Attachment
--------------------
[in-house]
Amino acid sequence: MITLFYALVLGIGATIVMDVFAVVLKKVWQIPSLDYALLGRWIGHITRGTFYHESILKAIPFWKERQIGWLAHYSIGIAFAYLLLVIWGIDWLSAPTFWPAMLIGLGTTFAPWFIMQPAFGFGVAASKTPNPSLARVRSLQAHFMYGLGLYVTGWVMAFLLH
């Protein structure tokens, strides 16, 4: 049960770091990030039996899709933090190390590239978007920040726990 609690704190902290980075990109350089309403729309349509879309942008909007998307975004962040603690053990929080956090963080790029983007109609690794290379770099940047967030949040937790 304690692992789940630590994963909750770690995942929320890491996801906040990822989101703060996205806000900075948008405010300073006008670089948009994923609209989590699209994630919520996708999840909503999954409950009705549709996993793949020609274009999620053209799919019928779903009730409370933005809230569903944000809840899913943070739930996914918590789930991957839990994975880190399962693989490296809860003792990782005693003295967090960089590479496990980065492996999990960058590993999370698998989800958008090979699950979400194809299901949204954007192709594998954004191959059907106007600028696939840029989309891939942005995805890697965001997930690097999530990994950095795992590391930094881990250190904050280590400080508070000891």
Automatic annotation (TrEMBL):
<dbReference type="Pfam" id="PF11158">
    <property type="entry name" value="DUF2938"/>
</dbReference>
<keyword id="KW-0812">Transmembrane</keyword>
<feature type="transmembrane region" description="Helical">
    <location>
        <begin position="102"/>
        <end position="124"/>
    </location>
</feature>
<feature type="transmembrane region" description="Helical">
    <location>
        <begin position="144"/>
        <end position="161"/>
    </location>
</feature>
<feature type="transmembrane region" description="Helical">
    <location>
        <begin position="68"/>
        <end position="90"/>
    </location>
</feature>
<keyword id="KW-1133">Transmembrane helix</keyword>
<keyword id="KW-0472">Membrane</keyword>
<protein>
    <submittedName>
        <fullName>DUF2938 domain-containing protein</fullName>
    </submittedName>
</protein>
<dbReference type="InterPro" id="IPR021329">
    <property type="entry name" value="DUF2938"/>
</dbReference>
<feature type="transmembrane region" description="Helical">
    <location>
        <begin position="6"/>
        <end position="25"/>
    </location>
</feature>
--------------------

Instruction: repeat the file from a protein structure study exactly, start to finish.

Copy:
[in-house]
Amino acid sequence: MITLFYALVLGIGATIVMDVFAVVLKKVWQIPSLDYALLGRWIGHITRGTFYHESILKAIPFWKERQIGWLAHYSIGIAFAYLLLVIWGIDWLSAPTFWPAMLIGLGTTFAPWFIMQPAFGFGVAASKTPNPSLARVRSLQAHFMYGLGLYVTGWVMAFLLH
């Protein structure tokens, strides 16, 4: 049960770091990030039996899709933090190390590239978007920040726990 609690704190902290980075990109350089309403729309349509879309942008909007998307975004962040603690053990929080956090963080790029983007109609690794290379770099940047967030949040937790 304690692992789940630590994963909750770690995942929320890491996801906040990822989101703060996205806000900075948008405010300073006008670089948009994923609209989590699209994630919520996708999840909503999954409950009705549709996993793949020609274009999620053209799919019928779903009730409370933005809230569903944000809840899913943070739930996914918590789930991957839990994975880190399962693989490296809860003792990782005693003295967090960089590479496990980065492996999990960058590993999370698998989800958008090979699950979400194809299901949204954007192709594998954004191959059907106007600028696939840029989309891939942005995805890697965001997930690097999530990994950095795992590391930094881990250190904050280590400080508070000891």
Automatic annotation (TrEMBL):
<dbReference type="Pfam" id="PF11158">
    <property type="entry name" value="DUF2938"/>
</dbReference>
<keyword id="KW-0812">Transmembrane</keyword>
<feature type="transmembrane region" description="Helical">
    <location>
        <begin position="102"/>
        <end position="124"/>
    </location>
</feature>
<feature type="transmembrane region" description="Helical">
    <location>
        <begin position="144"/>
        <end position="161"/>
    </location>
</feature>
<feature type="transmembrane region" description="Helical">
    <location>
        <begin position="68"/>
        <end position="90"/>
    </location>
</feature>
<keyword id="KW-1133">Transmembrane helix</keyword>
<keyword id="KW-0472">Membrane</keyword>
<protein>
    <submittedName>
        <fullName>DUF2938 domain-containing protein</fullName>
    </submittedName>
</protein>
<dbReference type="InterPro" id="IPR021329">
    <property type="entry name" value="DUF2938"/>
</dbReference>
<feature type="transmembrane region" description="Helical">
    <location>
        <begin position="6"/>
        <end position="25"/>
    </location>
</feature>